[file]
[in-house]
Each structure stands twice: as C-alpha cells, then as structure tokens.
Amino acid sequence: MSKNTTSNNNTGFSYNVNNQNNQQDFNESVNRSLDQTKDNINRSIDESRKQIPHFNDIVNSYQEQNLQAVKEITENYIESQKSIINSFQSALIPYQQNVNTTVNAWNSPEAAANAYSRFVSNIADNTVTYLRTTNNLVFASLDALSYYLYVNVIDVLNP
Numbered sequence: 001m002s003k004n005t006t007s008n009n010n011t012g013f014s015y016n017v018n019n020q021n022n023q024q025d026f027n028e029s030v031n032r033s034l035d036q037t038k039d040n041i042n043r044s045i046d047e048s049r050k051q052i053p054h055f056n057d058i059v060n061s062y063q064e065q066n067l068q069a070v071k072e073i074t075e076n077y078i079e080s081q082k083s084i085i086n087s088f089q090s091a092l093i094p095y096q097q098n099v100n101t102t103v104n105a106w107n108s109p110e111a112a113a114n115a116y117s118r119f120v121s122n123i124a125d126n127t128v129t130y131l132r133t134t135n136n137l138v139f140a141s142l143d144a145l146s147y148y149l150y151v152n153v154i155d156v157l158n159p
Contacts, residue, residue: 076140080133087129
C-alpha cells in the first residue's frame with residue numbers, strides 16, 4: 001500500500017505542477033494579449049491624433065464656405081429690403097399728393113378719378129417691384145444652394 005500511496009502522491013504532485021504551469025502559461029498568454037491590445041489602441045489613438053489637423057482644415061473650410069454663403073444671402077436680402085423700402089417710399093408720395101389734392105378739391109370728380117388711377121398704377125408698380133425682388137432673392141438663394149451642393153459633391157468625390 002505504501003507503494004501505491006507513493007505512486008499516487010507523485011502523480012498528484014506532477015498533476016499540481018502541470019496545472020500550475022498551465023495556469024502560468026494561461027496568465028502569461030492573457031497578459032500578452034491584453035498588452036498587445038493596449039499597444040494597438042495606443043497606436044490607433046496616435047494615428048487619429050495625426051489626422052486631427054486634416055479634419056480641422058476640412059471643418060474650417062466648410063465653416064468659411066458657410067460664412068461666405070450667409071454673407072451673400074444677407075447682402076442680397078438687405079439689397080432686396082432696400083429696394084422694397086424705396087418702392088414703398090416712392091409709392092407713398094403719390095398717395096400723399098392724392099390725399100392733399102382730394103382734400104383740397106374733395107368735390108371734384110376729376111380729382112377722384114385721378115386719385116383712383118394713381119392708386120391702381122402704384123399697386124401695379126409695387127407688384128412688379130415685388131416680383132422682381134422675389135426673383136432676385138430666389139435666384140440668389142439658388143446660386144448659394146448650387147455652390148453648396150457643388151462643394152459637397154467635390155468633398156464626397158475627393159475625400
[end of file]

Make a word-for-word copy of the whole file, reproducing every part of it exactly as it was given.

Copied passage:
[in-house]
Each structure stands twice: as C-alpha cells, then as structure tokens.
Amino acid sequence: MSKNTTSNNNTGFSYNVNNQNNQQDFNESVNRSLDQTKDNINRSIDESRKQIPHFNDIVNSYQEQNLQAVKEITENYIESQKSIINSFQSALIPYQQNVNTTVNAWNSPEAAANAYSRFVSNIADNTVTYLRTTNNLVFASLDALSYYLYVNVIDVLNP
Numbered sequence: 001m002s003k004n005t006t007s008n009n010n011t012g013f014s015y016n017v018n019n020q021n022n023q024q025d026f027n028e029s030v031n032r033s034l035d036q037t038k039d040n041i042n043r044s045i046d047e048s049r050k051q052i053p054h055f056n057d058i059v060n061s062y063q064e065q066n067l068q069a070v071k072e073i074t075e076n077y078i079e080s081q082k083s084i085i086n087s088f089q090s091a092l093i094p095y096q097q098n099v100n101t102t103v104n105a106w107n108s109p110e111a112a113a114n115a116y117s118r119f120v121s122n123i124a125d126n127t128v129t130y131l132r133t134t135n136n137l138v139f140a141s142l143d144a145l146s147y148y149l150y151v152n153v154i155d156v157l158n159p
Contacts, residue, residue: 076140080133087129
C-alpha cells in the first residue's frame with residue numbers, strides 16, 4: 001500500500017505542477033494579449049491624433065464656405081429690403097399728393113378719378129417691384145444652394 005500511496009502522491013504532485021504551469025502559461029498568454037491590445041489602441045489613438053489637423057482644415061473650410069454663403073444671402077436680402085423700402089417710399093408720395101389734392105378739391109370728380117388711377121398704377125408698380133425682388137432673392141438663394149451642393153459633391157468625390 002505504501003507503494004501505491006507513493007505512486008499516487010507523485011502523480012498528484014506532477015498533476016499540481018502541470019496545472020500550475022498551465023495556469024502560468026494561461027496568465028502569461030492573457031497578459032500578452034491584453035498588452036498587445038493596449039499597444040494597438042495606443043497606436044490607433046496616435047494615428048487619429050495625426051489626422052486631427054486634416055479634419056480641422058476640412059471643418060474650417062466648410063465653416064468659411066458657410067460664412068461666405070450667409071454673407072451673400074444677407075447682402076442680397078438687405079439689397080432686396082432696400083429696394084422694397086424705396087418702392088414703398090416712392091409709392092407713398094403719390095398717395096400723399098392724392099390725399100392733399102382730394103382734400104383740397106374733395107368735390108371734384110376729376111380729382112377722384114385721378115386719385116383712383118394713381119392708386120391702381122402704384123399697386124401695379126409695387127407688384128412688379130415685388131416680383132422682381134422675389135426673383136432676385138430666389139435666384140440668389142439658388143446660386144448659394146448650387147455652390148453648396150457643388151462643394152459637397154467635390155468633398156464626397158475627393159475625400